Of course, by the time the comedy completely sets in and the tone is properly established, the film makes a very sudden turn. What was previously a pretty light and awkward mismatch distaff comedy ends up turning into a heart-wrenching romantic tragedy that is as stunning as it is slightly jarring. But then again, even with how sudden it can feel, it actually plays right into Makoto’s strengths as a filmmaker. Even when he was working with the most wallet-scraping of budgets, the man has always had a serious aptitude for tapping into emotions and making the audience feel them at their fullest. And sure enough, without delving too deeply into spoilers, that is precisely what happens here. Now, on the surface, this can come across as he is making a melodrama with how intense the emotions can get within a relatively small frame. But labelling this as ‘melodrama’ would imply that this aims solely for the heart and sends logic and real-world instincts to the wind, and Makoto is a lot more clever of a writer than to just settle for that. So, basically, this has all the magnitude of melodrama with the poignancy of legitimate drama.

In the past, I’ve brought up how certain romantic films can often feel like the filmmakers, and by extension us as the audience, are just counting down the minutes until our romantic leads eventually unite. This, however, might be one of the rare instances of that where not only does that style of story progression work, but succeeds at delivering pathos at an astounding rate. The emotional investment created once the big drama of the story makes itself known is among the most potent of the entire year, even considering how truly emotionally-crippling a lot of this year’s cinematic crop has turned out. It ends up creating a similar effect to Don Bluth’s An American Tail in how, by being constantly teased with the prospect of our main character eventually meeting the person he/she has been looking for, it makes the audience tense up in their seats. This is made even stronger by how Makoto makes it excruciatingly clear that he is capable of throwing his characters into seriously depressing situations, and therefore making the possibility of a downer ending actually feasible. There’s nothing worse than going through the usual fabricated notions of whether or not this will end up happily, when you know that it very easily might not.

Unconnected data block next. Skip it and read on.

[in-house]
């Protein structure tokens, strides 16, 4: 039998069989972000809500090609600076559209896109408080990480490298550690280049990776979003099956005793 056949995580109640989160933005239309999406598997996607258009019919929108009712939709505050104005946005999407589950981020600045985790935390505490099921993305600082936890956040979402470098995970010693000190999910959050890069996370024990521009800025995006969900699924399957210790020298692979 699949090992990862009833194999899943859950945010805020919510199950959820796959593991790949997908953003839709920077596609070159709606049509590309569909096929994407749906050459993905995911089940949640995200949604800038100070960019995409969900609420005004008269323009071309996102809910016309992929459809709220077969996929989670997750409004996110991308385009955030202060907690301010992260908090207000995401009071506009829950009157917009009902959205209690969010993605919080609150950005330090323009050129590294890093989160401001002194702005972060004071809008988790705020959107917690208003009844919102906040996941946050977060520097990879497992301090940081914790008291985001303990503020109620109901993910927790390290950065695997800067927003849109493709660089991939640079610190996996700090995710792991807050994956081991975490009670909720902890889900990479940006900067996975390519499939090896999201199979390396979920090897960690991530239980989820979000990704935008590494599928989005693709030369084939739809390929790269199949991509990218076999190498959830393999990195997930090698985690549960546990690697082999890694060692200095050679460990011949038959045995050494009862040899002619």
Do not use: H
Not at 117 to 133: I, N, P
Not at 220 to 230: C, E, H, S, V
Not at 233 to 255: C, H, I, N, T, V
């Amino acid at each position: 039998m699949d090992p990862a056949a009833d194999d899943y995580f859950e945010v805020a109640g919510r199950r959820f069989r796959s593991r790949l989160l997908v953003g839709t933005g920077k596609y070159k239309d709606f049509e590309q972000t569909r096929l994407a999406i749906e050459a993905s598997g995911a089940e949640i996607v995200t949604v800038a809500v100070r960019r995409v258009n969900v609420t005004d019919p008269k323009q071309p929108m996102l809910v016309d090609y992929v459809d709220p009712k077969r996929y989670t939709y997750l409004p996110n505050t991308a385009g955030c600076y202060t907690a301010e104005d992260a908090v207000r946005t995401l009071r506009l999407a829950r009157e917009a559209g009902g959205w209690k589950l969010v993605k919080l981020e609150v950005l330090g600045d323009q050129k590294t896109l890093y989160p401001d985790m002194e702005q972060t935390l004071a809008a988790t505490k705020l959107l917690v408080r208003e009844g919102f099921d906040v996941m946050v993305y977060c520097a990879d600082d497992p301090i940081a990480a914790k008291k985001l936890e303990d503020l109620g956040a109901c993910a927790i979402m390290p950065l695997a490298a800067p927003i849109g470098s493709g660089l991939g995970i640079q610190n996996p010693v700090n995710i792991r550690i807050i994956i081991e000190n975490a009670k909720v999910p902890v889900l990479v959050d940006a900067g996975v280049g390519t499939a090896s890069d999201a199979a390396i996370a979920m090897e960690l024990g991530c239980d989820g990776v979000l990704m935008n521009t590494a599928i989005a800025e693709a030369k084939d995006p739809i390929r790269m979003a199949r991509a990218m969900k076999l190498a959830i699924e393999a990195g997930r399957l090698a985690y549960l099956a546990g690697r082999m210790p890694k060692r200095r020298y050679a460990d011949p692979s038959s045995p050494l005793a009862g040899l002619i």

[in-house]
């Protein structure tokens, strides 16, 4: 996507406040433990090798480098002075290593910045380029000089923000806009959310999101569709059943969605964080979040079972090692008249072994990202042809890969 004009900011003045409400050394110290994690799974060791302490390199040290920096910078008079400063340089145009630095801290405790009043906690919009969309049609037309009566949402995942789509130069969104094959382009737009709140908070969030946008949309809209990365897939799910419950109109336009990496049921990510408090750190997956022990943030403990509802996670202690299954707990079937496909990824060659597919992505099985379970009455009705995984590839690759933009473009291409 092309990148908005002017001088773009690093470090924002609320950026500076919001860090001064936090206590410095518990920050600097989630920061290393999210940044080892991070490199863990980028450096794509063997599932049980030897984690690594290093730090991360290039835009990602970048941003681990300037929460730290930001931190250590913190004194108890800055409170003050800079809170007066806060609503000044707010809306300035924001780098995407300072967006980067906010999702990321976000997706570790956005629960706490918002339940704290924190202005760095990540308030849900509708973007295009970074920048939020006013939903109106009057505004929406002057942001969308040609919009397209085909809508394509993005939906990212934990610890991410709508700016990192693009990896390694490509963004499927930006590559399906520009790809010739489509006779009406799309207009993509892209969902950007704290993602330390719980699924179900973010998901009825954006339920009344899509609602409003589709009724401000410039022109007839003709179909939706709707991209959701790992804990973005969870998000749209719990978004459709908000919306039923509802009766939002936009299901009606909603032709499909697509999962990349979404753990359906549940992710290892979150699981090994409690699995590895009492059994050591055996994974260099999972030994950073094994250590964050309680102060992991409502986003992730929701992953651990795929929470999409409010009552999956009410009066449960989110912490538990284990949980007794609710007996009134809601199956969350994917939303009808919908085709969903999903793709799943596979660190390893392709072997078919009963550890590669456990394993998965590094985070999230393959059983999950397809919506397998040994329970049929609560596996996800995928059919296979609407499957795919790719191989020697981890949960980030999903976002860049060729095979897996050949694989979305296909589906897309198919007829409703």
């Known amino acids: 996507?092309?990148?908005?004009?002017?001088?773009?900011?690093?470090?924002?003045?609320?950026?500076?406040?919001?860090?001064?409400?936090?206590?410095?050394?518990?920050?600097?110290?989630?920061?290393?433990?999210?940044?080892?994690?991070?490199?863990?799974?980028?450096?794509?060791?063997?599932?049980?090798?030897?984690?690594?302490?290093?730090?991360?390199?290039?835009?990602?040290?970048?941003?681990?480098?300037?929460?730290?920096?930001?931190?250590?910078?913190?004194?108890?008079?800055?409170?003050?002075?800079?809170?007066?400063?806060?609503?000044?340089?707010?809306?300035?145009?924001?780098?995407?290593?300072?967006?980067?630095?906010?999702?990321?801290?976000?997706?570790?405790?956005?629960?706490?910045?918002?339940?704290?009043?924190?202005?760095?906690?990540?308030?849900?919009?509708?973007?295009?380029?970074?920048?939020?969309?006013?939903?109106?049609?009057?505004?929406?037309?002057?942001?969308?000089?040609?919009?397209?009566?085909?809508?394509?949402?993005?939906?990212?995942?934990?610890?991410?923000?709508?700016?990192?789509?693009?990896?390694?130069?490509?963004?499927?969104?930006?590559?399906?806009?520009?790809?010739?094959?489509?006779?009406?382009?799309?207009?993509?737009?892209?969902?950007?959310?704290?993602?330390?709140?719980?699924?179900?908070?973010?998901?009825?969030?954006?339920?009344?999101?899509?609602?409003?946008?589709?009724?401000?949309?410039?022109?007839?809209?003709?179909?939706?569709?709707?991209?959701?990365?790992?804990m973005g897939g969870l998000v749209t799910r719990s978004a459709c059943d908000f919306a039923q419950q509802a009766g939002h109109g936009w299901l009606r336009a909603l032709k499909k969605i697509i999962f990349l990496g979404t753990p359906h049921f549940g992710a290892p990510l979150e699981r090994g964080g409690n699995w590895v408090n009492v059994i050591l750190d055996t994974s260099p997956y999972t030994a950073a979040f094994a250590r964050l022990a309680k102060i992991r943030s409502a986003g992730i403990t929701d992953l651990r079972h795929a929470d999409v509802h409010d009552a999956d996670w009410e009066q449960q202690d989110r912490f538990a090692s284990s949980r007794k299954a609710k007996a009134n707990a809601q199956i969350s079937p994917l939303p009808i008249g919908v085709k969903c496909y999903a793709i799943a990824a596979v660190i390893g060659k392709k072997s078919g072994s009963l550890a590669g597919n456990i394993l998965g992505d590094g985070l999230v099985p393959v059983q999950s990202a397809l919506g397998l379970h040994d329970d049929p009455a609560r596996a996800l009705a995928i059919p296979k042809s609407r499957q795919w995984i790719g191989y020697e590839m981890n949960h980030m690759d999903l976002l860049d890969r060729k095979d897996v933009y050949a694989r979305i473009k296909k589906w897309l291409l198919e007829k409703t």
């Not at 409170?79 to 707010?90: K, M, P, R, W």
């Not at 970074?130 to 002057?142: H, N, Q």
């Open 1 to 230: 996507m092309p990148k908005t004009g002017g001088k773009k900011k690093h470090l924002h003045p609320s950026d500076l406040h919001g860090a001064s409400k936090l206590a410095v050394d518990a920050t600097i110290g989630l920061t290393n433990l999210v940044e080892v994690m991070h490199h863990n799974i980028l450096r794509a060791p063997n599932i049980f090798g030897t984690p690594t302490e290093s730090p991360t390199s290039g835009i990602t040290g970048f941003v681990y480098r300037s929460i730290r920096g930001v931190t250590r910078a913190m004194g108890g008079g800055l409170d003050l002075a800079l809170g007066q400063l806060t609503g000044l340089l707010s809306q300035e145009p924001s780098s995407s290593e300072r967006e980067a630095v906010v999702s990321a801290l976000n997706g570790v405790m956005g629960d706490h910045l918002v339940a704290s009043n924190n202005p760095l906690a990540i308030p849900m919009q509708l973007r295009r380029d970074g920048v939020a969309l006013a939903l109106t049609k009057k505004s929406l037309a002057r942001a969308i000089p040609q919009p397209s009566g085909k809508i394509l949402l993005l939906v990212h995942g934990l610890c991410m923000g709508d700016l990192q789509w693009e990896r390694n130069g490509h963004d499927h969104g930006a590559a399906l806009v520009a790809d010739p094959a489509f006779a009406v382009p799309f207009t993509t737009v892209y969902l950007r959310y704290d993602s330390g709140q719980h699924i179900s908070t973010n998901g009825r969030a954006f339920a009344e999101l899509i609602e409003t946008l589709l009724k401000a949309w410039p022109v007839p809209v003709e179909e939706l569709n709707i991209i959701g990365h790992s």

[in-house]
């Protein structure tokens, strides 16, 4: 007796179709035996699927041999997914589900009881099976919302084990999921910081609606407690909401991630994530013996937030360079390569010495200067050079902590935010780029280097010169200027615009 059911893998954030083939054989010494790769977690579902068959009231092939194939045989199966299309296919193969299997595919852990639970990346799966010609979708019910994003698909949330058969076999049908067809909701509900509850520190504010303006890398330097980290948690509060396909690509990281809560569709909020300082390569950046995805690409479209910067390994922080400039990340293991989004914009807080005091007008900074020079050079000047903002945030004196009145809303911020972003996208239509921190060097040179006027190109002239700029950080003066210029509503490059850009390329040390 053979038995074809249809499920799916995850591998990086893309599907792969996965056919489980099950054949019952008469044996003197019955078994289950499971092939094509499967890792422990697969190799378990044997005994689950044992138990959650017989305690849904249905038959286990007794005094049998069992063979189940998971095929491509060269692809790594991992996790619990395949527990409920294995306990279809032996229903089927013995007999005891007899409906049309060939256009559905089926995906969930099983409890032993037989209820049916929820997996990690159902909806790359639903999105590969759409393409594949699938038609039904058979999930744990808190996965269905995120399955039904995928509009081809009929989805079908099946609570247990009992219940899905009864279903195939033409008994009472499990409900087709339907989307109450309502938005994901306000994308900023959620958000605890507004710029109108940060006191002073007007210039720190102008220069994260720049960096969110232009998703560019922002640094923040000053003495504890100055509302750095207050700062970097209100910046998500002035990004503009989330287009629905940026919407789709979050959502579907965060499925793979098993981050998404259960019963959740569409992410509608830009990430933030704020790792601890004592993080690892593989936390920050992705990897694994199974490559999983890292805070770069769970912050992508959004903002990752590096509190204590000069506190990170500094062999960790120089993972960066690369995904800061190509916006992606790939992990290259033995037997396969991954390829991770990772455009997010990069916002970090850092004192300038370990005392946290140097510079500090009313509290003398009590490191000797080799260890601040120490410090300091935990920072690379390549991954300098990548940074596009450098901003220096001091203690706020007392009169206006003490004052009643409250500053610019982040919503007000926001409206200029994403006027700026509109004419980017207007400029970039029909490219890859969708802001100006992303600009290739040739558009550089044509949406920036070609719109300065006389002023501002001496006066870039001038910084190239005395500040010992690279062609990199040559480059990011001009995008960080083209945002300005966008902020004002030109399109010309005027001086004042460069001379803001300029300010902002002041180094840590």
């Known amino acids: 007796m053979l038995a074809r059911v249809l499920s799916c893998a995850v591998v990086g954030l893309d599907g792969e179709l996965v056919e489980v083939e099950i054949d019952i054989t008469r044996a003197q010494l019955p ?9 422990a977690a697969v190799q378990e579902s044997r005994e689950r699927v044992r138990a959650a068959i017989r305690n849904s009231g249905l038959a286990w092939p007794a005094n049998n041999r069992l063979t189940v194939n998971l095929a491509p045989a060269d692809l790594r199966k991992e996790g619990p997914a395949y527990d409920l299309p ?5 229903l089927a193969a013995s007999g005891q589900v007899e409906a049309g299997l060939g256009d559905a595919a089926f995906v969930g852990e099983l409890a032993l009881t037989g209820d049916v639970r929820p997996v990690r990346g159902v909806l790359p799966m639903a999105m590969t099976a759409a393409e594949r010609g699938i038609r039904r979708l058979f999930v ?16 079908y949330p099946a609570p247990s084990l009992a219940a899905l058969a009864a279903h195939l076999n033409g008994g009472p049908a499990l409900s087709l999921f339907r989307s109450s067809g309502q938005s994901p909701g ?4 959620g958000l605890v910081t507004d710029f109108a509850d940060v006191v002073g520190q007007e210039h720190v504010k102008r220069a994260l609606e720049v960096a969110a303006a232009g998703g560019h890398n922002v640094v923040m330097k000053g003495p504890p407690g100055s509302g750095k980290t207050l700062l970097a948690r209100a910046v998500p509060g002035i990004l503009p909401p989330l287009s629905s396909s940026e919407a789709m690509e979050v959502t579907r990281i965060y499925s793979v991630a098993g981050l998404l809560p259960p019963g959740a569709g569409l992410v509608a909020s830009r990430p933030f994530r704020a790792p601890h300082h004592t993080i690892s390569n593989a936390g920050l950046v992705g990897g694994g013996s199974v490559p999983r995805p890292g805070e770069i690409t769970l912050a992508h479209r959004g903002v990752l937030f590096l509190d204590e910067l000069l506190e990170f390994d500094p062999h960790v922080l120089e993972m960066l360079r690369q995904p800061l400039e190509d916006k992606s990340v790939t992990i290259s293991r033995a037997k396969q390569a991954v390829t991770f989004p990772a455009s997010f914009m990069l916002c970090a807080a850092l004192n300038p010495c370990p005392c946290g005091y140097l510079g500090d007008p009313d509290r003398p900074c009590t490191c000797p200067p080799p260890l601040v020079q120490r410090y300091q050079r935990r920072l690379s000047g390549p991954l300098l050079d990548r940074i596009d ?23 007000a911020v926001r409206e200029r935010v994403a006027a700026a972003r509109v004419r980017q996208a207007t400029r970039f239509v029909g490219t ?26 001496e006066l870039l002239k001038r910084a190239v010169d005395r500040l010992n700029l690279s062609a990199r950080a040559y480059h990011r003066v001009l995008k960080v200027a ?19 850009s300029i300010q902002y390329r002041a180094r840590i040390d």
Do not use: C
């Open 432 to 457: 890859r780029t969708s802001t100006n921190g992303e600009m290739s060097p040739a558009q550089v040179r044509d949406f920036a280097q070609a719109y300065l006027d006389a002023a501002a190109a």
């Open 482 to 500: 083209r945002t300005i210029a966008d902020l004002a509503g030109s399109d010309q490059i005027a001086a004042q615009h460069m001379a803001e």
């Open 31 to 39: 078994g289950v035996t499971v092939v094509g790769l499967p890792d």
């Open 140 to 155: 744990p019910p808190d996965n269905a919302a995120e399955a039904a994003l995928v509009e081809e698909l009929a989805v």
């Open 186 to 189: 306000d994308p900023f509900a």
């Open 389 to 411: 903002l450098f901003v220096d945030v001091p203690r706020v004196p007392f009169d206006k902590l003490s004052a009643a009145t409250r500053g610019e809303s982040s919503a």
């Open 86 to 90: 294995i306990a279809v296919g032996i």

All in all, this is yet another solid winner by Makoto Shinkai, starting out with a pretty ridiculous concept and then, over the course of the film, fleshing it out into the kind of drama that holds tightly onto the heart and refuses to let go until the narrative reaches its conclusion. The acting is stellar in how the leads juggle their respective gender portrayals, the animation and music give a grand backdrop to what is ultimately a very intimate story and the writing… holy shit, this is some of the most tear-jerking material I’ve seen in far too long, anime or otherwise, and it ensures that every single skipped heartbeat it causes in the viewer is deserved. It’s better than Hacksaw Ridge, as the initial learning curve here concerning gender roles isn’t as uncomfortable as the religious persecution of that film. However, for as emotionally affecting as this is, it isn’t quite as potent as Rupture. This film had me weeping quite regularly during the film’s run time; Rupture, on the other hand, had me leaving the cinema physically shaken in the most literal sense, barely able to make my way down the stairs.